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Florida Court Discusses Liability When a Vehicle Owner Lets Another Use Their Car

Those who have experience dealing with a Florida insurance company, know the process can be a difficult one. Earlier this month, a state appellate court issued a written opinion in an insurance dispute case arising from a fatal Florida car accident. The case illustrates the difficulties that many accident victims face when attempting to recover for their injuries through either a Florida personal injury or a wrongful death lawsuit.

According to the court’s opinion, a driver caused a fatal accident while using his step-father’s vehicle. At the time of the accident, the driver had his step-father’s permission to use the vehicle. There were several insurance policies in effect at the time of the accident. Specifically, the driver had three policies with three different insurance companies, one of which was with Geico. In addition, the driver’s step-father had a policy with Allstate.

Allstate paid out $250,000 to the plaintiffs, which was the policy maximum. Pursuant to that agreement, the $250,000 was not an agreement to release the driver of all liability, but would offset any other recovery obtained by the plaintiffs.

The plaintiffs then filed a wrongful death lawsuit against both the driver and his step-father, claiming that the $250,000 did not fully compensate them for their losses. Due to the assignment of claims, the plaintiffs ended up pursuing their claim against the step-father and Geico, which denied the claim. Geico’s position was that the driver had been gifted the vehicle by his step-father, removing the vehicle from the step-father’s insurance coverage.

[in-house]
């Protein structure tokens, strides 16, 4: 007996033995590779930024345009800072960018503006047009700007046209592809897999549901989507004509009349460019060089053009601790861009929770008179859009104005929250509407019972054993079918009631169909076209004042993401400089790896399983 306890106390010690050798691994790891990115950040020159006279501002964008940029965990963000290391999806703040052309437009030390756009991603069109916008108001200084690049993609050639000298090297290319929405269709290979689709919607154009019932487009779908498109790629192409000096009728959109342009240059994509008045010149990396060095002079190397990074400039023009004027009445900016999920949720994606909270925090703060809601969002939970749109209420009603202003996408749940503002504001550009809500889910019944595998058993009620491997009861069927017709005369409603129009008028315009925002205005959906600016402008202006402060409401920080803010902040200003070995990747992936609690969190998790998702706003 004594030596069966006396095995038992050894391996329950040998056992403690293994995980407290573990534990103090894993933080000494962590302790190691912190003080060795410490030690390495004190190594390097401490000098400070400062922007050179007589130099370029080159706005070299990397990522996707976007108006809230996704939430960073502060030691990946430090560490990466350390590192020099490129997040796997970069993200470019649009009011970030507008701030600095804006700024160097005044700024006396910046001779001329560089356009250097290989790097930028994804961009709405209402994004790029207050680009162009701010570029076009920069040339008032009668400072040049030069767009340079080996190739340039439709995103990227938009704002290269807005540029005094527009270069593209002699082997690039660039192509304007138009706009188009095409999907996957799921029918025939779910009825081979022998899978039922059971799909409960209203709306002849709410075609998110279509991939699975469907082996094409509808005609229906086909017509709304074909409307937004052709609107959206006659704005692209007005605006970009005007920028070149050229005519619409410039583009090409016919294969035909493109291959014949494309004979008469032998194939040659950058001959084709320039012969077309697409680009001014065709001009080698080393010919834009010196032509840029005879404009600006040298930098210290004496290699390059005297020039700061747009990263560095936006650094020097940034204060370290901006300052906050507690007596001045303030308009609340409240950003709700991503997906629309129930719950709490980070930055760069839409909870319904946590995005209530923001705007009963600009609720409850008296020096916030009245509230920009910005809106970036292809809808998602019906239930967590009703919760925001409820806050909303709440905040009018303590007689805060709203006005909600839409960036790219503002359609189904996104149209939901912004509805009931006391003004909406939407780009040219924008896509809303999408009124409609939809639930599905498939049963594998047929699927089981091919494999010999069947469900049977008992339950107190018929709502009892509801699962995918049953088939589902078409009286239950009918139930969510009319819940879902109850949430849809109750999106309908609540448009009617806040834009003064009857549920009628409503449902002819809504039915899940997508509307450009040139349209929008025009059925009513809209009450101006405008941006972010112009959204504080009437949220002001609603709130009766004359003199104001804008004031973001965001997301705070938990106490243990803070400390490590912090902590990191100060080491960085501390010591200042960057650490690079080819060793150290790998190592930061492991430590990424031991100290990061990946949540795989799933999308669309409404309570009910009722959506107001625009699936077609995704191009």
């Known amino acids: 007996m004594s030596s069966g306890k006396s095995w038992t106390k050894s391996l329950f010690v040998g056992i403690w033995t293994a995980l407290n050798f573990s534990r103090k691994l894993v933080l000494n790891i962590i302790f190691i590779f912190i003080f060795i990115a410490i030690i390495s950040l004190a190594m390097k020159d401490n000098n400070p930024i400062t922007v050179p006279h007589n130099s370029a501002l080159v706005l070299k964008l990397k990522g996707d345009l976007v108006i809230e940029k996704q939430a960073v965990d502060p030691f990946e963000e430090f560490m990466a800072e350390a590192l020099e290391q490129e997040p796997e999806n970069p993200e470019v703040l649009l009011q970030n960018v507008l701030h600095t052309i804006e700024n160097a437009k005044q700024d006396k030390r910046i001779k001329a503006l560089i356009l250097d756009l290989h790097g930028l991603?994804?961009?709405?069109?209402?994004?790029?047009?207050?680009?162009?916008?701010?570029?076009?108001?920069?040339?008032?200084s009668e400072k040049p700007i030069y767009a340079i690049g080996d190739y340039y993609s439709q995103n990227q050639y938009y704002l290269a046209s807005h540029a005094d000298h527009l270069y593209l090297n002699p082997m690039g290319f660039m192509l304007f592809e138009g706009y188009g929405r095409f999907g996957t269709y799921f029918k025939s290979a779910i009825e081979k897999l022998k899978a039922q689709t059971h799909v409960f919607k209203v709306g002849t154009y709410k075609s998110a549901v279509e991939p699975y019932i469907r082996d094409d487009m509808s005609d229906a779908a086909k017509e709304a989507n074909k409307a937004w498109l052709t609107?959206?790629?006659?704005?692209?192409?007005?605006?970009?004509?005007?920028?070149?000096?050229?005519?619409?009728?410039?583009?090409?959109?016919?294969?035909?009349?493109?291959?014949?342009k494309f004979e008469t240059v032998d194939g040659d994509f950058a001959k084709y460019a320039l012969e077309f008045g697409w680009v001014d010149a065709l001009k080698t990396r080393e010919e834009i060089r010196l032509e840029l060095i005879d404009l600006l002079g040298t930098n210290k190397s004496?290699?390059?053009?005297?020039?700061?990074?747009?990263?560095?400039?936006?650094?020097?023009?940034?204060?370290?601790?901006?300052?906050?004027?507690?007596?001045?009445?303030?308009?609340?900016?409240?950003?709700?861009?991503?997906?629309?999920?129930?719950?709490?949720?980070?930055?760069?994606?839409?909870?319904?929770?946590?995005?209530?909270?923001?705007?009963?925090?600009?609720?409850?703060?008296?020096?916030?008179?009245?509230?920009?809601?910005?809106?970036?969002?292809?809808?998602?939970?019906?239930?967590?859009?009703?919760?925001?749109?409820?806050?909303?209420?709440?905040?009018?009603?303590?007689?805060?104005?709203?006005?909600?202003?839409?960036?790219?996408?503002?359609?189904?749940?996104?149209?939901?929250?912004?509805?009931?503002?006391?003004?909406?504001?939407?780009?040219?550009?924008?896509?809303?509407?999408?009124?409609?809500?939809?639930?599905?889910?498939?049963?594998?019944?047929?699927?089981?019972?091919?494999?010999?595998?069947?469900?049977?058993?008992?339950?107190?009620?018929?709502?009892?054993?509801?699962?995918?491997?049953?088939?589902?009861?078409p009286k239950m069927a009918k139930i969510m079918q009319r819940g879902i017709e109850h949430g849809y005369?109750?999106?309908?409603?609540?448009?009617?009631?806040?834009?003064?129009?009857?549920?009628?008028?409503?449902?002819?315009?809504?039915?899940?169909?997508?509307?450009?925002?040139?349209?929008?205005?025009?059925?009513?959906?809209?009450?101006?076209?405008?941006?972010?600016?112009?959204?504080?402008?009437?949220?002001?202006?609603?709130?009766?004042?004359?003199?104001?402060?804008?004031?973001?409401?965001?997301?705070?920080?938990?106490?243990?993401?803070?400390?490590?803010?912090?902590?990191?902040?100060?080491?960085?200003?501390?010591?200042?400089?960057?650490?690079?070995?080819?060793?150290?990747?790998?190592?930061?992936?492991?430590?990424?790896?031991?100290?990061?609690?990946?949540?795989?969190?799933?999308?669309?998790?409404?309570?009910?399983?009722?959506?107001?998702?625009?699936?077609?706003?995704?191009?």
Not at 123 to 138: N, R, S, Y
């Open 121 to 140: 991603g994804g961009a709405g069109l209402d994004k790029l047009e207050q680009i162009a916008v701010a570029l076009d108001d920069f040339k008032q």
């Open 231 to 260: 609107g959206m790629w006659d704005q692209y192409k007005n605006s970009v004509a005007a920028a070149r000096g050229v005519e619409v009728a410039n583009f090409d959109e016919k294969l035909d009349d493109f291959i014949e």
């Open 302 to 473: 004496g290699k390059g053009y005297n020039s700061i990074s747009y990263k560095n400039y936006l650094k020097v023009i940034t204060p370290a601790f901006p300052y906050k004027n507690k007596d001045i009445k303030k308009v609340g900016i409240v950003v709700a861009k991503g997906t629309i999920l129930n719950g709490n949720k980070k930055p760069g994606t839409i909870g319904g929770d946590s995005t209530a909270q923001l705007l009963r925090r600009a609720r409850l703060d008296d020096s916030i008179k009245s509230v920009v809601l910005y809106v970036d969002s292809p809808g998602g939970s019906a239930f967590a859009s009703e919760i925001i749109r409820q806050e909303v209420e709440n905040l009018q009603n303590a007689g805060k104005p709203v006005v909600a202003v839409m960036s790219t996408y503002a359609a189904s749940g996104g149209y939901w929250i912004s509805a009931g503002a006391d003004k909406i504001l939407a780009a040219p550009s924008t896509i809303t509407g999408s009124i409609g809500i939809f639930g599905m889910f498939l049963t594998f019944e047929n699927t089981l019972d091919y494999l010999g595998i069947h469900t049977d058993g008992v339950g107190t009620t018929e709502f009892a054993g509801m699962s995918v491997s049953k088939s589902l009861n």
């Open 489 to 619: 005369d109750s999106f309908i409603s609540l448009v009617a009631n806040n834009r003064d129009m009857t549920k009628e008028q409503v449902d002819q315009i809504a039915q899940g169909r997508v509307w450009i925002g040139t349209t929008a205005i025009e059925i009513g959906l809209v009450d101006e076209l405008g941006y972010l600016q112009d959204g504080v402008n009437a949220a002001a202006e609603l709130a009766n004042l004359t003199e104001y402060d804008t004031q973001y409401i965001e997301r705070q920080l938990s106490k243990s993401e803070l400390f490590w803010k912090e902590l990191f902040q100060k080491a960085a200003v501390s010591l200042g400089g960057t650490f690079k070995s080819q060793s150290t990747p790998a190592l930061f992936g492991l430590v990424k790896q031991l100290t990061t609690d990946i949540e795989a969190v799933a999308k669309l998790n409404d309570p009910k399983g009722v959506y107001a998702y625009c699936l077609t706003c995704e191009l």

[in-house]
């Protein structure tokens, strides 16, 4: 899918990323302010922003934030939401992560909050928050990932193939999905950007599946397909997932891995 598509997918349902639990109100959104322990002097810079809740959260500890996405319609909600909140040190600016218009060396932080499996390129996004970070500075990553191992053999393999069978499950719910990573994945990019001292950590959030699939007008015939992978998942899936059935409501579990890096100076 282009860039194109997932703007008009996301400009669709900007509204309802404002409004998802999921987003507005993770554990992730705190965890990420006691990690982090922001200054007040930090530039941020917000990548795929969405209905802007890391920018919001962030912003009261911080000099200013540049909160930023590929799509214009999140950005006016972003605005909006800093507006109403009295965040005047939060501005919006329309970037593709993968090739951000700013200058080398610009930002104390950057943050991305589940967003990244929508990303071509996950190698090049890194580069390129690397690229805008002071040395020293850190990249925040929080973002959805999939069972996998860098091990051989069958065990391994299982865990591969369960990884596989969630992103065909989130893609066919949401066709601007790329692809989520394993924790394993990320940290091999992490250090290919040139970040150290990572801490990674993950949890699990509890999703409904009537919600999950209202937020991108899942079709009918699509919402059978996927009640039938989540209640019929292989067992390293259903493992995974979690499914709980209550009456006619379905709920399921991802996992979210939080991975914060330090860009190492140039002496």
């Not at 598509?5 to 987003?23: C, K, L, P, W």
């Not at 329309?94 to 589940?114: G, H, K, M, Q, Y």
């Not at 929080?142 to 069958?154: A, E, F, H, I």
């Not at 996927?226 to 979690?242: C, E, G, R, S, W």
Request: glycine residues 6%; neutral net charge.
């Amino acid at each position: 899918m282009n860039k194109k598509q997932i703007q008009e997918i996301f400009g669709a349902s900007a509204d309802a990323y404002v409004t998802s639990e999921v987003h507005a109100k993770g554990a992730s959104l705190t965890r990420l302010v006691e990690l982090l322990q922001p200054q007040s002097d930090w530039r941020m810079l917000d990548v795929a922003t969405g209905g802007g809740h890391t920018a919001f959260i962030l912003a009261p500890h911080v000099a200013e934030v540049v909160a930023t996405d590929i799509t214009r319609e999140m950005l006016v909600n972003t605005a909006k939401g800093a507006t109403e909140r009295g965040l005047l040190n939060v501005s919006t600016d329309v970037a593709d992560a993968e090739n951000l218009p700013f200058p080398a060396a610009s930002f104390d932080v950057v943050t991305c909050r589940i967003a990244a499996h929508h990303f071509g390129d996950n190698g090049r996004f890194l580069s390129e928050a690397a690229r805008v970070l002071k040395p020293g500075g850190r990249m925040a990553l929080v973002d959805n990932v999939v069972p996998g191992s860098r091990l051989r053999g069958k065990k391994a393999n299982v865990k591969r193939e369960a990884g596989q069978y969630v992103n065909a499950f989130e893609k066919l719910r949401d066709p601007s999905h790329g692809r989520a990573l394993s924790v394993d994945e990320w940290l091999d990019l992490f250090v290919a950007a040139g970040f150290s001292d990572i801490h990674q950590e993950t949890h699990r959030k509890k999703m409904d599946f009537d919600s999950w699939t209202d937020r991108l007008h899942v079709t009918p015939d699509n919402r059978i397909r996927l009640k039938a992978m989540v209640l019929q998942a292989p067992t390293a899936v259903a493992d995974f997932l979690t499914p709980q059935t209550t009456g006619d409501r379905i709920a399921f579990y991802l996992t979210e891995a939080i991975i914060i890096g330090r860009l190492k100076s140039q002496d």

The step-father argued that any liability he faced should be reduced by the $250,000 settlement that the plaintiff had already received. Essentially, he argued that his maximum liability was just $100,000 which was satisfied by the Allstate settlement.

The court looked to Florida Statutes section 324.021, which outlines the liability for situations where a permissive user causes an accident. Under section 324.021, the liability is capped at $100,000 per person or $300,000 per accident, unless the permissive driver does not have at least $500,000 in coverage. In such cases, the vehicle owner becomes liable to the injured party for an additional $500,000. In this case, the plaintiffs argued that the vehicle owner’s Allstate coverage of $250,000 could not be used to both satisfy the vehicle owner’s maximum liability and count towards the driver’s combined policy limits. However, the court rejected the plaintiff’s argument, finding that the vehicle owner’s several insurance policies exceeded the necessary amount of coverage, and that his liability under section 324.021 was limited to just $100,000.

Have You Been Involved in a Florida Car Accident?

If you or someone you love has recently been injured in a Florida car accident, contact the dedicated injury lawyers at Friedman Rodman & Frank, P.C. for immediate assistance. Our dedicated team of Florida wrongful death and personal injury lawyers have extensive experience handling all types of car accident claims, and routinely take on some of the largest insurance companies in the nation. To learn more about how we can help you pursue a claim for compensation, call 877-448-8585 to schedule a free consultation. Calling is free, and we will not bill you unless we can help you recover for your injuries.

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